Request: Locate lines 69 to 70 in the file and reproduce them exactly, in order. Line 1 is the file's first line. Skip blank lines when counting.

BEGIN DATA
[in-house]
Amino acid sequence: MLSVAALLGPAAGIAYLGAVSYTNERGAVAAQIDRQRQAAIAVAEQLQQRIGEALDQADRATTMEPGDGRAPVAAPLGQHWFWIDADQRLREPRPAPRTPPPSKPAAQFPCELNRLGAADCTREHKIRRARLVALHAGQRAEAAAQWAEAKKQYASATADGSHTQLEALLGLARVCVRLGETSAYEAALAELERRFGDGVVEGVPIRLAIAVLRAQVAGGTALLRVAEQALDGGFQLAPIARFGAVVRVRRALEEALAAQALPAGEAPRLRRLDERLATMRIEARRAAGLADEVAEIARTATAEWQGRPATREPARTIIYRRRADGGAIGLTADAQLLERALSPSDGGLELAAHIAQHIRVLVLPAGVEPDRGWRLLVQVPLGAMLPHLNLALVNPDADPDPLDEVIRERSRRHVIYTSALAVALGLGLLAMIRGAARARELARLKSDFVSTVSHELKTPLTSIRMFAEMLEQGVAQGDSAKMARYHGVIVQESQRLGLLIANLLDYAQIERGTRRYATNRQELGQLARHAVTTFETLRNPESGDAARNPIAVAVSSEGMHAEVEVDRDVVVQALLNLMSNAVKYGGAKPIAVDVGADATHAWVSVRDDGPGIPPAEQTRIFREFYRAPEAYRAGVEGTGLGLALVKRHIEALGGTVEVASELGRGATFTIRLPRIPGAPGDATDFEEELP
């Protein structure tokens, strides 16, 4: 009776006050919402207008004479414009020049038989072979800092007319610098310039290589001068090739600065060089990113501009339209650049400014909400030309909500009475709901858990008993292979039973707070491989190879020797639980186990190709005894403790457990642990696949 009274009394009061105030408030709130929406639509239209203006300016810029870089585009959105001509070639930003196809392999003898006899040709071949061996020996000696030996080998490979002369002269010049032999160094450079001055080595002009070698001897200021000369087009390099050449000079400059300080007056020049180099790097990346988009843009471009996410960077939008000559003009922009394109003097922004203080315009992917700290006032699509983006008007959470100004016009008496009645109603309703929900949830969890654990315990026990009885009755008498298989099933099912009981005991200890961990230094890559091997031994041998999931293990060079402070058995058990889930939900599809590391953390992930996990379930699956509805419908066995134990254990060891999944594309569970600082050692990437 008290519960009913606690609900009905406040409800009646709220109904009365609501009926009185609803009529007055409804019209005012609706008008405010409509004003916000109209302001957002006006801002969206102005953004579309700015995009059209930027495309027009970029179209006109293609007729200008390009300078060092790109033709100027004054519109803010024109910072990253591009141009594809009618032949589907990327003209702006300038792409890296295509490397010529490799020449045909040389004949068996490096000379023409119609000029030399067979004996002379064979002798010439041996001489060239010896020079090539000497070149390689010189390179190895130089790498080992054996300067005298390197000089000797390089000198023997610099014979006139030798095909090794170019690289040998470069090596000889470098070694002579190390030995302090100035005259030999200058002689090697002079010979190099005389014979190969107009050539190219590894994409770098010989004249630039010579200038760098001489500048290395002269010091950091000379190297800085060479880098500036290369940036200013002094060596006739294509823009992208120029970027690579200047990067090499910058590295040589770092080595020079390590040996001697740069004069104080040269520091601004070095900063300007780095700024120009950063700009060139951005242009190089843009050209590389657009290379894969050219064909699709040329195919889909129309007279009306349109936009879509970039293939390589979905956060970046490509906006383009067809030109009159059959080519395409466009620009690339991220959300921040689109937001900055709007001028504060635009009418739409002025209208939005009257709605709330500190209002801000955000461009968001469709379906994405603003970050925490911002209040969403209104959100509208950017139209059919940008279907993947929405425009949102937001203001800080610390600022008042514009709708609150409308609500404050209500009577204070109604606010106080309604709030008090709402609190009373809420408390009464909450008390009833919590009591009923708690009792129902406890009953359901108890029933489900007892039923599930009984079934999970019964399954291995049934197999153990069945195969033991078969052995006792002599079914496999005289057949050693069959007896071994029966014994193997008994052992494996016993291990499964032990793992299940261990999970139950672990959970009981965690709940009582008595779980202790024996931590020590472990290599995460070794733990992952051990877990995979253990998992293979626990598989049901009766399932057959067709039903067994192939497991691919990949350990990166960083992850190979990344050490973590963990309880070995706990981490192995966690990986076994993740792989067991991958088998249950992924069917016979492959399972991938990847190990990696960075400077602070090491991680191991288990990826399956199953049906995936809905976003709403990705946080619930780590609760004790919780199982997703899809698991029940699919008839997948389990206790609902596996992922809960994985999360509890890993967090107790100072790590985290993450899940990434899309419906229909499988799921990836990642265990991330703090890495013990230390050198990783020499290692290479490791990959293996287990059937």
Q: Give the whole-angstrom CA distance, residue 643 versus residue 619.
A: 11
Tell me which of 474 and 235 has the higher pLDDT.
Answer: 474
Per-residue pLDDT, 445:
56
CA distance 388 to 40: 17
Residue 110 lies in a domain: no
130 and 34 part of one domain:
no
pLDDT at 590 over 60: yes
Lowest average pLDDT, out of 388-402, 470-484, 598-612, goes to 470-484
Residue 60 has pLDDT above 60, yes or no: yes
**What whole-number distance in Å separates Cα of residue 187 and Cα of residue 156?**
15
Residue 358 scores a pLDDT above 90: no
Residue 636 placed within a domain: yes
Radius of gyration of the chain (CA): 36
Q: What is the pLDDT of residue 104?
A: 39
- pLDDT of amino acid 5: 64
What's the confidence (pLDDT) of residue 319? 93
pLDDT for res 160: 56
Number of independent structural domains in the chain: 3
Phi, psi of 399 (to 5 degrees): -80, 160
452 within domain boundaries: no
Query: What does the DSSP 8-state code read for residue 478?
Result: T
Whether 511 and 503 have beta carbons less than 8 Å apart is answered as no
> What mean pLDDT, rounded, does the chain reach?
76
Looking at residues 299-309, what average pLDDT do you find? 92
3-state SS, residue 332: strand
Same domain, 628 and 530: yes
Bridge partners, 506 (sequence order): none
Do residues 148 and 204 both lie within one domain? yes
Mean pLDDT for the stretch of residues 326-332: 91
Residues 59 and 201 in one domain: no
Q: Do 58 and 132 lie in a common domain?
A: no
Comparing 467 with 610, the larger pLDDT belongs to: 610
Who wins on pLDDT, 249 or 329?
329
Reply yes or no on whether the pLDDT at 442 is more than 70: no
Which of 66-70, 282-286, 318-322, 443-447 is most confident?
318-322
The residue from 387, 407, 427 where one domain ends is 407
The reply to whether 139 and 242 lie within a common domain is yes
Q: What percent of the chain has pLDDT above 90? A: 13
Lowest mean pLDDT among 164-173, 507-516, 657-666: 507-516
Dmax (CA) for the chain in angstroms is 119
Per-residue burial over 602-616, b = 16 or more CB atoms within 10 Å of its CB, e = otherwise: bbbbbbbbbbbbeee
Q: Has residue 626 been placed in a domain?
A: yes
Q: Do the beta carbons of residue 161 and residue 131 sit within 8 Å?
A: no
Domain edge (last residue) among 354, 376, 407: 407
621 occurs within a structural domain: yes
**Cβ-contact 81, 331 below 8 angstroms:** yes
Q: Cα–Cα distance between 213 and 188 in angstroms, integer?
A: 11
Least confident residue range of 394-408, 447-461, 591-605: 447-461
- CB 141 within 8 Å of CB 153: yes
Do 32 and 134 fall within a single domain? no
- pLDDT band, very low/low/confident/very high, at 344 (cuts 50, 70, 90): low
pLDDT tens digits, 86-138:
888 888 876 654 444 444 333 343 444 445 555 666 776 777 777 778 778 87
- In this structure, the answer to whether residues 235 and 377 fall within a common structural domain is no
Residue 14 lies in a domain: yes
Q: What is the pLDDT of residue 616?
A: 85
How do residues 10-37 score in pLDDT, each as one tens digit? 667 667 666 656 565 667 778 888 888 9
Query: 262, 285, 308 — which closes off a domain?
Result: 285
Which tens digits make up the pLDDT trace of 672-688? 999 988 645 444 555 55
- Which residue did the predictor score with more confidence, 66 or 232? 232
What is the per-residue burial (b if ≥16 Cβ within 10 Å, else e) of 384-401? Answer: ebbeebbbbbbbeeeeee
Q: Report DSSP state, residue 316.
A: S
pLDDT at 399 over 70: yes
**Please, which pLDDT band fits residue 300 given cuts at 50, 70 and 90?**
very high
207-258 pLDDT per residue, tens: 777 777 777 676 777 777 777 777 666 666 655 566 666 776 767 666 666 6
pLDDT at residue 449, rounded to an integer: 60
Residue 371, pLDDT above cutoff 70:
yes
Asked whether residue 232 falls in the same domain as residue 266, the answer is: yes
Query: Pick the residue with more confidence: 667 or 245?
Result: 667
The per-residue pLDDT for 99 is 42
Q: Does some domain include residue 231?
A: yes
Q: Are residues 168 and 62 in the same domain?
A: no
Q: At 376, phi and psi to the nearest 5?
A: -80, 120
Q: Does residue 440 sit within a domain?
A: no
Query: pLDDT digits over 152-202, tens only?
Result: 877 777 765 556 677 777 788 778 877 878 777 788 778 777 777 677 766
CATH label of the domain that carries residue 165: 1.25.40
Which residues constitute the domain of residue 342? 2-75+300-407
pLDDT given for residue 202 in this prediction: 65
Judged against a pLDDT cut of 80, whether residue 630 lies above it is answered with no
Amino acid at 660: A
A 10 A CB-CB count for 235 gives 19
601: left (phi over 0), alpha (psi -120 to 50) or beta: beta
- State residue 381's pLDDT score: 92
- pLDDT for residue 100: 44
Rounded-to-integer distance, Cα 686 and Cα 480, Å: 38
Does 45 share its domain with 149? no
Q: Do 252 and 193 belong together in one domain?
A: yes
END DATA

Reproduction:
pLDDT tens digits, 86-138:
888 888 876 654 444 444 333 343 444 445 555 666 776 777 777 778 778 87